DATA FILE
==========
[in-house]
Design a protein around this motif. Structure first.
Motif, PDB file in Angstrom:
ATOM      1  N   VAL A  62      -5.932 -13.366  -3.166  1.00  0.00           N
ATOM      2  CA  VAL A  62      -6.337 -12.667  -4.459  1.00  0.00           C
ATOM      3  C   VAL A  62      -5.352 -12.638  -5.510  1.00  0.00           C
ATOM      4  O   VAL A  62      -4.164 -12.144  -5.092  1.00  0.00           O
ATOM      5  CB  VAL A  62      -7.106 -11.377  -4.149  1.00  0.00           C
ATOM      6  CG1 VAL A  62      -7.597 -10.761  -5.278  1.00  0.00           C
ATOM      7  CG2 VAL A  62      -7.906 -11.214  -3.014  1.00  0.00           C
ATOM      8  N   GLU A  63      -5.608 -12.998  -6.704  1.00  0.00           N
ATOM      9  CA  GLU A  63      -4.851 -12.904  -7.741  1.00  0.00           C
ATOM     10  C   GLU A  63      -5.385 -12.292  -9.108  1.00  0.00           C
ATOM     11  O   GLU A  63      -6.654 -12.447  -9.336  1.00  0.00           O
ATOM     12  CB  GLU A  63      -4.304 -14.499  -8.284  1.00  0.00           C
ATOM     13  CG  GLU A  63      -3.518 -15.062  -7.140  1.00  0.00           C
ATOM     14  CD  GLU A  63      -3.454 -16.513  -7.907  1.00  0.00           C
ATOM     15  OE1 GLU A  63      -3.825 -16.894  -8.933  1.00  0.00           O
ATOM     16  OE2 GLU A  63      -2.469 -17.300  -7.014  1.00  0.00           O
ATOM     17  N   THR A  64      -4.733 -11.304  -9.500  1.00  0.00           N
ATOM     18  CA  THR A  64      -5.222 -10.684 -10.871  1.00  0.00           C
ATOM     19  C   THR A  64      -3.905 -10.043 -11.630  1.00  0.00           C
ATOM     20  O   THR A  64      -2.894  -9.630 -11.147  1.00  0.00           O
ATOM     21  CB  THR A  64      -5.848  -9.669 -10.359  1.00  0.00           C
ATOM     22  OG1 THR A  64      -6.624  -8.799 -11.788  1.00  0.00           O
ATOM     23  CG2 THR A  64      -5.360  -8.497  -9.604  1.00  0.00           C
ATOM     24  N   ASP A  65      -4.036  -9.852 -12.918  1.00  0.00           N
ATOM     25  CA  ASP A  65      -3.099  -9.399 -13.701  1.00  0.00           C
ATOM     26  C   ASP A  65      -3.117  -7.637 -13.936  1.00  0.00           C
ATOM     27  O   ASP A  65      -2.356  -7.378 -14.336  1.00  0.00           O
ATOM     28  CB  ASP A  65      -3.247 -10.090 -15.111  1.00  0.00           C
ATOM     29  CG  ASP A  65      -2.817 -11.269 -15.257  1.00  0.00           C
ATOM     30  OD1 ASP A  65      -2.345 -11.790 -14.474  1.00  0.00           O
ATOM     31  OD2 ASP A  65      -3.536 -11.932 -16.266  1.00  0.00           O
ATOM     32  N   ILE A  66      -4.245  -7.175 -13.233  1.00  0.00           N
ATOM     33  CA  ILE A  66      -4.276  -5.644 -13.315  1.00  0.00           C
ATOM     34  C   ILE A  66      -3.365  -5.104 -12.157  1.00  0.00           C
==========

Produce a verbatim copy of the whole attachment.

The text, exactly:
[in-house]
Design a protein around this motif. Structure first.
Motif, PDB file in Angstrom:
ATOM      1  N   VAL A  62      -5.932 -13.366  -3.166  1.00  0.00           N
ATOM      2  CA  VAL A  62      -6.337 -12.667  -4.459  1.00  0.00           C
ATOM      3  C   VAL A  62      -5.352 -12.638  -5.510  1.00  0.00           C
ATOM      4  O   VAL A  62      -4.164 -12.144  -5.092  1.00  0.00           O
ATOM      5  CB  VAL A  62      -7.106 -11.377  -4.149  1.00  0.00           C
ATOM      6  CG1 VAL A  62      -7.597 -10.761  -5.278  1.00  0.00           C
ATOM      7  CG2 VAL A  62      -7.906 -11.214  -3.014  1.00  0.00           C
ATOM      8  N   GLU A  63      -5.608 -12.998  -6.704  1.00  0.00           N
ATOM      9  CA  GLU A  63      -4.851 -12.904  -7.741  1.00  0.00           C
ATOM     10  C   GLU A  63      -5.385 -12.292  -9.108  1.00  0.00           C
ATOM     11  O   GLU A  63      -6.654 -12.447  -9.336  1.00  0.00           O
ATOM     12  CB  GLU A  63      -4.304 -14.499  -8.284  1.00  0.00           C
ATOM     13  CG  GLU A  63      -3.518 -15.062  -7.140  1.00  0.00           C
ATOM     14  CD  GLU A  63      -3.454 -16.513  -7.907  1.00  0.00           C
ATOM     15  OE1 GLU A  63      -3.825 -16.894  -8.933  1.00  0.00           O
ATOM     16  OE2 GLU A  63      -2.469 -17.300  -7.014  1.00  0.00           O
ATOM     17  N   THR A  64      -4.733 -11.304  -9.500  1.00  0.00           N
ATOM     18  CA  THR A  64      -5.222 -10.684 -10.871  1.00  0.00           C
ATOM     19  C   THR A  64      -3.905 -10.043 -11.630  1.00  0.00           C
ATOM     20  O   THR A  64      -2.894  -9.630 -11.147  1.00  0.00           O
ATOM     21  CB  THR A  64      -5.848  -9.669 -10.359  1.00  0.00           C
ATOM     22  OG1 THR A  64      -6.624  -8.799 -11.788  1.00  0.00           O
ATOM     23  CG2 THR A  64      -5.360  -8.497  -9.604  1.00  0.00           C
ATOM     24  N   ASP A  65      -4.036  -9.852 -12.918  1.00  0.00           N
ATOM     25  CA  ASP A  65      -3.099  -9.399 -13.701  1.00  0.00           C
ATOM     26  C   ASP A  65      -3.117  -7.637 -13.936  1.00  0.00           C
ATOM     27  O   ASP A  65      -2.356  -7.378 -14.336  1.00  0.00           O
ATOM     28  CB  ASP A  65      -3.247 -10.090 -15.111  1.00  0.00           C
ATOM     29  CG  ASP A  65      -2.817 -11.269 -15.257  1.00  0.00           C
ATOM     30  OD1 ASP A  65      -2.345 -11.790 -14.474  1.00  0.00           O
ATOM     31  OD2 ASP A  65      -3.536 -11.932 -16.266  1.00  0.00           O
ATOM     32  N   ILE A  66      -4.245  -7.175 -13.233  1.00  0.00           N
ATOM     33  CA  ILE A  66      -4.276  -5.644 -13.315  1.00  0.00           C
ATOM     34  C   ILE A  66      -3.365  -5.104 -12.157  1.00  0.00           C